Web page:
It is now October, that month to celebrate All Things Spooky. And what says "spooky" quite like New England witchcraft? Here is an excerpt from Increase Mather's "Remarkable Providences Illustrative of the Earlier Days of American Colonisation," giving one man's account of a Massachusetts plague of poltergeists, with all the proper demonic trimmings:
As there have been several persons vexed with evil spirits, so divers houses have been woefully haunted by them. In the year 1679, the house of William Morse, in Newberry in New-England, was strangely disquieted by a daemon. After those troubles began, he did, by the advice of friends, write down the particulars of those unusual accidents. And the account which he giveth thereof is as followeth: —
On December 3, in the night time, he and his wife heard a noise upon the roof of their house, as if sticks and stones had been thrown against it with great violence; whereupon he rose out of his bed, but could see nothing. Locking the doors fast, he returned to bed again. About midnight they heard an hog making a great noise in the house, so that the man rose again, and found a great hog in the house; the door being shut; but upon the opening of the door it ran out.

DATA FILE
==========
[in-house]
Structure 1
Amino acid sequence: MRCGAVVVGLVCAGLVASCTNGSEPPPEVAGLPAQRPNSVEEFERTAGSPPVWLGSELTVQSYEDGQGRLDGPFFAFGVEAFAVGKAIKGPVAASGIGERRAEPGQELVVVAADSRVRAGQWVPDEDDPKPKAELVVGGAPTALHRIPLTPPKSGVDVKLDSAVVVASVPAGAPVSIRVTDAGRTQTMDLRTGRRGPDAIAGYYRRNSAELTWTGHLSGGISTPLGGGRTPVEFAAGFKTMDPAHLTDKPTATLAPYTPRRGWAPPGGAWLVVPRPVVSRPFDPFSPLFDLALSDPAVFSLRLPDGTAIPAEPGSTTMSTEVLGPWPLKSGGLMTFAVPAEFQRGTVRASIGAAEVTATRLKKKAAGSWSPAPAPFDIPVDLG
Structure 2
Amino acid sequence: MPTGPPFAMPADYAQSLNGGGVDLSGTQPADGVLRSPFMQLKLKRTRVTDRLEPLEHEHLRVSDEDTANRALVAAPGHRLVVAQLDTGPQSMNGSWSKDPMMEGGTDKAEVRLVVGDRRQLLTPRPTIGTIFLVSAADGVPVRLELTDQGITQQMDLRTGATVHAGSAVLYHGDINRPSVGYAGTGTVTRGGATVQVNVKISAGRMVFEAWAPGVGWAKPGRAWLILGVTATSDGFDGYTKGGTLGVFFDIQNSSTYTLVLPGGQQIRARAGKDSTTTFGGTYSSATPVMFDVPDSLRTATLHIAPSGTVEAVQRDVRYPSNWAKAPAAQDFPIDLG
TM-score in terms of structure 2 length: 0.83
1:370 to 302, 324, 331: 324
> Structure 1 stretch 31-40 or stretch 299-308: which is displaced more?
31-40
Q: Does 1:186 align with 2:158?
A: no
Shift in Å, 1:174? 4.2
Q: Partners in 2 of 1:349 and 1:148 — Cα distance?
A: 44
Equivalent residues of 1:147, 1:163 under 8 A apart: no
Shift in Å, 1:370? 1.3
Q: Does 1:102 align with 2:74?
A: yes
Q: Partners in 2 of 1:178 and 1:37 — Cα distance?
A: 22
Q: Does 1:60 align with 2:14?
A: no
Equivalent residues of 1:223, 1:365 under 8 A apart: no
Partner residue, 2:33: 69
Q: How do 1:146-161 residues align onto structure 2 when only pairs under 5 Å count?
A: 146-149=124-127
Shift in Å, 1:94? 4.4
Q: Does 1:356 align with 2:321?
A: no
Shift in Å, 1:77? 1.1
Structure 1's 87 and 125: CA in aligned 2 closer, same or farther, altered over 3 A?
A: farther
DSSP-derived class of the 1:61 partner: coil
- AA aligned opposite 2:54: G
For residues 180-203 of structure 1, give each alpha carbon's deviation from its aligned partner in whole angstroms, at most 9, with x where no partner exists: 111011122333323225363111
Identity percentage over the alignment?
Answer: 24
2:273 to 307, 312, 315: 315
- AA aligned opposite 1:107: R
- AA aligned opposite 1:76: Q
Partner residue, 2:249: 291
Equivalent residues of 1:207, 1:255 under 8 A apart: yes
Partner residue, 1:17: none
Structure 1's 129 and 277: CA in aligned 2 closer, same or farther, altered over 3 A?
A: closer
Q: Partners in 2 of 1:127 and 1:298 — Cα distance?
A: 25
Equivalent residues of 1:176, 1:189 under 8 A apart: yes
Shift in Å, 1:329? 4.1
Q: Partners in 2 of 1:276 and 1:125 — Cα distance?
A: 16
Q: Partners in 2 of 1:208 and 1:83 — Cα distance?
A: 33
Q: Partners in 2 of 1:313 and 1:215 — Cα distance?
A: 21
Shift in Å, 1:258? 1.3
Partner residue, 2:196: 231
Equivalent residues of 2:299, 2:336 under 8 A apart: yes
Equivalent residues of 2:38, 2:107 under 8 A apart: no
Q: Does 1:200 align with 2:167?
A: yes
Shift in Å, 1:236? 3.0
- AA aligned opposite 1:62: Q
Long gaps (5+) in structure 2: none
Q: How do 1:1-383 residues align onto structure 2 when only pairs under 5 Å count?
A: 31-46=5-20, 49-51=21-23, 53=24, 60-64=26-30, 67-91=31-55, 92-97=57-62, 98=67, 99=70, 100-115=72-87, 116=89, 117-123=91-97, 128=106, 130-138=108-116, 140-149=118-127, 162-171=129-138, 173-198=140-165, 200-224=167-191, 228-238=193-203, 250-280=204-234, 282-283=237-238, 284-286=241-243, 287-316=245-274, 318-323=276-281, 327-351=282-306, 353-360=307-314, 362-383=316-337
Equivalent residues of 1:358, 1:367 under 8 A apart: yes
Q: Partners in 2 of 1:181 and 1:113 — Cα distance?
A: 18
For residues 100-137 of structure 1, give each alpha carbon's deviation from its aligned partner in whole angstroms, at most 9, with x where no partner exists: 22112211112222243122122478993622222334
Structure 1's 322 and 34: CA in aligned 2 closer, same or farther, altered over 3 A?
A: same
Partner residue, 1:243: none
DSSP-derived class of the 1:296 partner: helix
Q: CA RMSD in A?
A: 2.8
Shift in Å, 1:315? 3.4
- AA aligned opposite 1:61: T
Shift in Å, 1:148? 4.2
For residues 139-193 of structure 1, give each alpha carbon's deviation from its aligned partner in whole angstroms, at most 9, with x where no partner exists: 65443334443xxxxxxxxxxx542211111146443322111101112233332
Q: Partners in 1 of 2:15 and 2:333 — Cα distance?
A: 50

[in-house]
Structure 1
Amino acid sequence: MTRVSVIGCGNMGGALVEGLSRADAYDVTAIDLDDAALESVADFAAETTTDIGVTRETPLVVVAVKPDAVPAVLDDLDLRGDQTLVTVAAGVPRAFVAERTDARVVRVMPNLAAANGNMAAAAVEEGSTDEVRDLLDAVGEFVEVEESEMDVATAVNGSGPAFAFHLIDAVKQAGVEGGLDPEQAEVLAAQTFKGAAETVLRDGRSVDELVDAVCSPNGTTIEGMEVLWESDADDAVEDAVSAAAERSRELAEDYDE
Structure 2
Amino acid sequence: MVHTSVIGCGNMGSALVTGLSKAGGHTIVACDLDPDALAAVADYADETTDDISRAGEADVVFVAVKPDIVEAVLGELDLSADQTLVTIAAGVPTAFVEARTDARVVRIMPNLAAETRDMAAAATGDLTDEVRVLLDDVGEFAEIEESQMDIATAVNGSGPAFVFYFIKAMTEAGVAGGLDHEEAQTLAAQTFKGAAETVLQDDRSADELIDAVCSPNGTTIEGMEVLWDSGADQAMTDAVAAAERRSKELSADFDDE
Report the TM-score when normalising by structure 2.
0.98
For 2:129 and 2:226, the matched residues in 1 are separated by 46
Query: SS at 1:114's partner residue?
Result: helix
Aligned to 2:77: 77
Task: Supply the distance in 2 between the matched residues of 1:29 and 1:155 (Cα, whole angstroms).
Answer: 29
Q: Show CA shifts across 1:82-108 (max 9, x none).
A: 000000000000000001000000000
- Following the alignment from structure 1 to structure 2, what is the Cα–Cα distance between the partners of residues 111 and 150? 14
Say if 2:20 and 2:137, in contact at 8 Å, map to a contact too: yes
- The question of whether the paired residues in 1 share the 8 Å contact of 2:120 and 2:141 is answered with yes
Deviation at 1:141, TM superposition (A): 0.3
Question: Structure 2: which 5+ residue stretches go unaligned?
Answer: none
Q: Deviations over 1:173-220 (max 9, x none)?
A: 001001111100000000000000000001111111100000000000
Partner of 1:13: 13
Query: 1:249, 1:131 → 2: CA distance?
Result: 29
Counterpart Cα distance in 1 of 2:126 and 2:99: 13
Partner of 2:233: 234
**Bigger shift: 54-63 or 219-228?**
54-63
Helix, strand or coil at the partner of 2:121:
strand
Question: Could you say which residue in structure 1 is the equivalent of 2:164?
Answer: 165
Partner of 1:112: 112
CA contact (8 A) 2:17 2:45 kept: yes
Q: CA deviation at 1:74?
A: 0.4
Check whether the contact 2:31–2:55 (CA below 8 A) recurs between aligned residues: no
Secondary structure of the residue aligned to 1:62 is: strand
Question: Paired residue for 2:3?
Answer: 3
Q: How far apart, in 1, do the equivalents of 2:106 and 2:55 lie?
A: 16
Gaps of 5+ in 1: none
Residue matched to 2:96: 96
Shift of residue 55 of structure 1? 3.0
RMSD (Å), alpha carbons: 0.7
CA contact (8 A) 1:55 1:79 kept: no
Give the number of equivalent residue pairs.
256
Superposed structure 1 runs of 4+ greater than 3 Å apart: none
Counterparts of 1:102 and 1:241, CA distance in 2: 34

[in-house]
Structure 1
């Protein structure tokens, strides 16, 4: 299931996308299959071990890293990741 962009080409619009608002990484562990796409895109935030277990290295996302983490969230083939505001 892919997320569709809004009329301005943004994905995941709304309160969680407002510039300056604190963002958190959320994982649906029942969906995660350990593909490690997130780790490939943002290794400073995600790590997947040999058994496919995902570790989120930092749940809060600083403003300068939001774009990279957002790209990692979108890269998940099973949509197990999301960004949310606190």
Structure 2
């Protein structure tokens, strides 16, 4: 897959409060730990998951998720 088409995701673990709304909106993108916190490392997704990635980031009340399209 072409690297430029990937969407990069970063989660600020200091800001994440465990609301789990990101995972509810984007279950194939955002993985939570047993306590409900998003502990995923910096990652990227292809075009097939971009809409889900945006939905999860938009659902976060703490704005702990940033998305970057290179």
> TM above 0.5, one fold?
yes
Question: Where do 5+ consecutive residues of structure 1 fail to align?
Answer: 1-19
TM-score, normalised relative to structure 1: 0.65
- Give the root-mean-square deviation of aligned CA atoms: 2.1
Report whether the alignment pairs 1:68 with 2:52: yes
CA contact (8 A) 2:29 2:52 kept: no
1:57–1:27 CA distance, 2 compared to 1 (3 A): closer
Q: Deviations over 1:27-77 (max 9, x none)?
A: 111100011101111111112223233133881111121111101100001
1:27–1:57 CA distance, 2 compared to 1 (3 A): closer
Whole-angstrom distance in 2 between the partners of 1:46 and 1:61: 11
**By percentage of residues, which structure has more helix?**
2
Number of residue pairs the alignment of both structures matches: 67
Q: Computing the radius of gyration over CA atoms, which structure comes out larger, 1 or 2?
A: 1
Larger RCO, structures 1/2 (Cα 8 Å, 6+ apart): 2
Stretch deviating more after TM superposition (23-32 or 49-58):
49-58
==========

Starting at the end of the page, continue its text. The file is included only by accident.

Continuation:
On December 8, in the morning, there were five great stones and bricks by an invisible hand thrown in at the west end of the house while the man's wife was making the bed; the bedstead was lifted up from the floor, and the bedstaff flung out of the window, and a cat was hurled at her; a long staff danced up and down in the chimney; a burnt brick, and a piece of a weather-board, were thrown in at the window. The man, at his going to bed, put out his lamp, but in the morning found that the saveall of it was taken away, and yet it was unaccountably brought into its former place. On the same day the long staff, but now spoken of, was hang'd up by a line, and swung to and fro; the man's wife laid it in the fire, but she could not hold it there, inasmuch as it would forcibly fly out; yet after much ado, with joynt strength they made it to burn. A shingle flew from the window, though no body near it; many sticks came in at the same place, only one of these was so scragged that it could enter the hole but a little way, whereupon the man pusht it out; a great rail likewise was thrust in at the window, so as to break the glass.